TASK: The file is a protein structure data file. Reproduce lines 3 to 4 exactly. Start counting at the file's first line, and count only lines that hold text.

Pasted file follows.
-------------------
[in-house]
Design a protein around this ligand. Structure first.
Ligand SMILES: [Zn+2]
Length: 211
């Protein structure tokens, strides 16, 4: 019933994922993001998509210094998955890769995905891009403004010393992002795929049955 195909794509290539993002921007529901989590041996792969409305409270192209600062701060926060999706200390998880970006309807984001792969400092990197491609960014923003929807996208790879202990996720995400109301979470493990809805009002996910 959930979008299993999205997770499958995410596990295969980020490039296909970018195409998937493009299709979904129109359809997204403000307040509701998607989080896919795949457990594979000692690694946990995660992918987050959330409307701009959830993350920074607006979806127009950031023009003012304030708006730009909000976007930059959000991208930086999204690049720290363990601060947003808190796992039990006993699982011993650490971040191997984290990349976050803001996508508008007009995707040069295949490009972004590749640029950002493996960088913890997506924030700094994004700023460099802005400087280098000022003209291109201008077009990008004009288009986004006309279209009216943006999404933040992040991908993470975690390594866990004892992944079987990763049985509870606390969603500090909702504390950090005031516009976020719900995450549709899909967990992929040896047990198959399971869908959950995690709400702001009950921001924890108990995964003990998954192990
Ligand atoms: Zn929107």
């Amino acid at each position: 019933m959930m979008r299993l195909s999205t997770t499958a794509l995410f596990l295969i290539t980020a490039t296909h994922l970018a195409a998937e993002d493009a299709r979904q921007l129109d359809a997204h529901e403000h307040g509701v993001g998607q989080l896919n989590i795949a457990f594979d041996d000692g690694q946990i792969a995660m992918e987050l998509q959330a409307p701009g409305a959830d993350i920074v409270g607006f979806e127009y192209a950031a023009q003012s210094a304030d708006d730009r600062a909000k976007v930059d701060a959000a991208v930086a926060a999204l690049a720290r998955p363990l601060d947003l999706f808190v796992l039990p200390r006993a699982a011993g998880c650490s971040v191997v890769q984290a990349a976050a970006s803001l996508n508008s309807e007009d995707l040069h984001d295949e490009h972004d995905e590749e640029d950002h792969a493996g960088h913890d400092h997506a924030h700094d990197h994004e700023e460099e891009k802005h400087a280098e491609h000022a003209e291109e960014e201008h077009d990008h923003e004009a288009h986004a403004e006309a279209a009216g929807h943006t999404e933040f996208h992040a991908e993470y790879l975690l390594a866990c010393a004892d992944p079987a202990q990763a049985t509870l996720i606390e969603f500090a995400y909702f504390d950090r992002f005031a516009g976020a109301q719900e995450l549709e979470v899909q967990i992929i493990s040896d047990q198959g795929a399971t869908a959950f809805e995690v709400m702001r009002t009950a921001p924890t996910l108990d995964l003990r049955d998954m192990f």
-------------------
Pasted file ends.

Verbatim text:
Ligand SMILES: [Zn+2]
Length: 211